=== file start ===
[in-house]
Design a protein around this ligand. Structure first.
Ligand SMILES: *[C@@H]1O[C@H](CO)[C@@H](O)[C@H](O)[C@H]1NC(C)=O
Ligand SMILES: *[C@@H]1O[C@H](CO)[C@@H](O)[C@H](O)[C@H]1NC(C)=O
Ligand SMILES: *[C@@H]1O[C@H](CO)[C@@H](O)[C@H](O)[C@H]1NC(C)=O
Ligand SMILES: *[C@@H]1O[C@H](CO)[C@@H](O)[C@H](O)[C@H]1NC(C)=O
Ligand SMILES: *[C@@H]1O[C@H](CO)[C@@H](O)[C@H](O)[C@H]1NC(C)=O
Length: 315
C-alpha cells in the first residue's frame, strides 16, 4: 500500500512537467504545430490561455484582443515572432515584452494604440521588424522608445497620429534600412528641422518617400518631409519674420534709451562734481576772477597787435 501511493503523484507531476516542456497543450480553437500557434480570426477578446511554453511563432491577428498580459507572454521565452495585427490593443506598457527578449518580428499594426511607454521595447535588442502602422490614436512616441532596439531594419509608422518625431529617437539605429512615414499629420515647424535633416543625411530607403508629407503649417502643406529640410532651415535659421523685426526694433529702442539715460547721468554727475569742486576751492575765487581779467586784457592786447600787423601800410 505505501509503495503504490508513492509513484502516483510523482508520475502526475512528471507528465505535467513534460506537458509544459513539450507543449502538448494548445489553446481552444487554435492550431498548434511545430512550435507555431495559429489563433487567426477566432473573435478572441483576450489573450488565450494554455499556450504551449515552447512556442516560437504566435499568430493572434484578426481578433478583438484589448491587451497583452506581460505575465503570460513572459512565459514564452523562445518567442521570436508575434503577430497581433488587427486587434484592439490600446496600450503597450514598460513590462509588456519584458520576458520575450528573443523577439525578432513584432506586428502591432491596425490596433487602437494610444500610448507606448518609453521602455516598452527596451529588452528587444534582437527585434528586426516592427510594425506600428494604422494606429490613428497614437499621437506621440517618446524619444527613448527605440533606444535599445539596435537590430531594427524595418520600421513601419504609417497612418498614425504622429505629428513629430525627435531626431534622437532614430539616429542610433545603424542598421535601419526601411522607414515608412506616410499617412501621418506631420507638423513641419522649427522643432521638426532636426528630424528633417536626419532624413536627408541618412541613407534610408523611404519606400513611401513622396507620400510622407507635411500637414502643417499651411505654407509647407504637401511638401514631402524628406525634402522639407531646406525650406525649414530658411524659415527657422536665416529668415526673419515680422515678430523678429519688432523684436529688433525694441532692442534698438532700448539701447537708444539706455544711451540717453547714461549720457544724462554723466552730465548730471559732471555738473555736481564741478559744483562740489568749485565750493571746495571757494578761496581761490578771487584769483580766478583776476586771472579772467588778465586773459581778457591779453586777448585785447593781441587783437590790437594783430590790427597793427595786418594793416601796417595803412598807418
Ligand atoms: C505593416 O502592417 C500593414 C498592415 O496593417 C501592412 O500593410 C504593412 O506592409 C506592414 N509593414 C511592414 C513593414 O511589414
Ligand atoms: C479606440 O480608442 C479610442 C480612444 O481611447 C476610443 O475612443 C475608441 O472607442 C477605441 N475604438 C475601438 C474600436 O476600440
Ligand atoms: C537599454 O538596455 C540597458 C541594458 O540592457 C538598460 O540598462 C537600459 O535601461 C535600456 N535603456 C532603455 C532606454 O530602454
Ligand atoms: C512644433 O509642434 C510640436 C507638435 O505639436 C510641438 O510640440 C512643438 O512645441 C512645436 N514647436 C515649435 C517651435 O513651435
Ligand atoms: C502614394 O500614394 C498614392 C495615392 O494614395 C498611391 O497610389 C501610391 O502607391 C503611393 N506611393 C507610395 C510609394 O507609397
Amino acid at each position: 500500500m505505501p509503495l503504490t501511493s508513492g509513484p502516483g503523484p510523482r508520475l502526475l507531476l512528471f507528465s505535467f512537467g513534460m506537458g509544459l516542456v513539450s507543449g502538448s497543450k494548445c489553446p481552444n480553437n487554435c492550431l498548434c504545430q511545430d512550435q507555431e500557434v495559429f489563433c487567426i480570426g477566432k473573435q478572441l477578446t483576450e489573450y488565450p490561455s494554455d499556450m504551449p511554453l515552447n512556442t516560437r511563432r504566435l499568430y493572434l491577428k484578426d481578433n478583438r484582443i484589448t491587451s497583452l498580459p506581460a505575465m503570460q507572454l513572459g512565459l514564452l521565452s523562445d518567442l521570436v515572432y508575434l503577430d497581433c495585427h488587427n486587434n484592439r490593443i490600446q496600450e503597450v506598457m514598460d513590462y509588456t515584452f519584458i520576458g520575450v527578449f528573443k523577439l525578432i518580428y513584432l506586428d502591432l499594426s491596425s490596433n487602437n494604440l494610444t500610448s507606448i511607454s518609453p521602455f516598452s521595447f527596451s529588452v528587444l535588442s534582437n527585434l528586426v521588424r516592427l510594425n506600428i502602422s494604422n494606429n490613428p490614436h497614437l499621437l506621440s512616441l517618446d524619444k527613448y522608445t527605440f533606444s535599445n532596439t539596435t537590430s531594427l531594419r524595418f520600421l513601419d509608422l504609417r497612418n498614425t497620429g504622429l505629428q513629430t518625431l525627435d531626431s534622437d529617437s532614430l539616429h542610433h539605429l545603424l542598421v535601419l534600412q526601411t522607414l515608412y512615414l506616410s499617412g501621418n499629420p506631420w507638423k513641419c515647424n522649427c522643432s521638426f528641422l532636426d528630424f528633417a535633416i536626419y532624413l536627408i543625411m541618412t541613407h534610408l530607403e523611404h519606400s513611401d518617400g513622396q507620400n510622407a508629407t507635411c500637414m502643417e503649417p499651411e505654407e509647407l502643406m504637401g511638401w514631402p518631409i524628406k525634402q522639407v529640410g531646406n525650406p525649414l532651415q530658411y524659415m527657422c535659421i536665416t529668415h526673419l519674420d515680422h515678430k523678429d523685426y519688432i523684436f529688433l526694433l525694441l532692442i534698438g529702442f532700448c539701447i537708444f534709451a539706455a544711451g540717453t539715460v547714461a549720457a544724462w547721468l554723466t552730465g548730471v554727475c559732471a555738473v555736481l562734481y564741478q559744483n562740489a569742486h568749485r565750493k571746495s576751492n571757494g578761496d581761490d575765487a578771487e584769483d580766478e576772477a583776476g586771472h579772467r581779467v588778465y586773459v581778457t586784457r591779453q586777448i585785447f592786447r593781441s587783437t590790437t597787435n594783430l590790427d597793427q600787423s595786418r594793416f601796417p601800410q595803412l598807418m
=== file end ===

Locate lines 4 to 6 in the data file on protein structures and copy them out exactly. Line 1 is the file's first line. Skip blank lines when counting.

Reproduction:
Ligand SMILES: *[C@@H]1O[C@H](CO)[C@@H](O)[C@H](O)[C@H]1NC(C)=O
Ligand SMILES: *[C@@H]1O[C@H](CO)[C@@H](O)[C@H](O)[C@H]1NC(C)=O
Ligand SMILES: *[C@@H]1O[C@H](CO)[C@@H](O)[C@H](O)[C@H]1NC(C)=O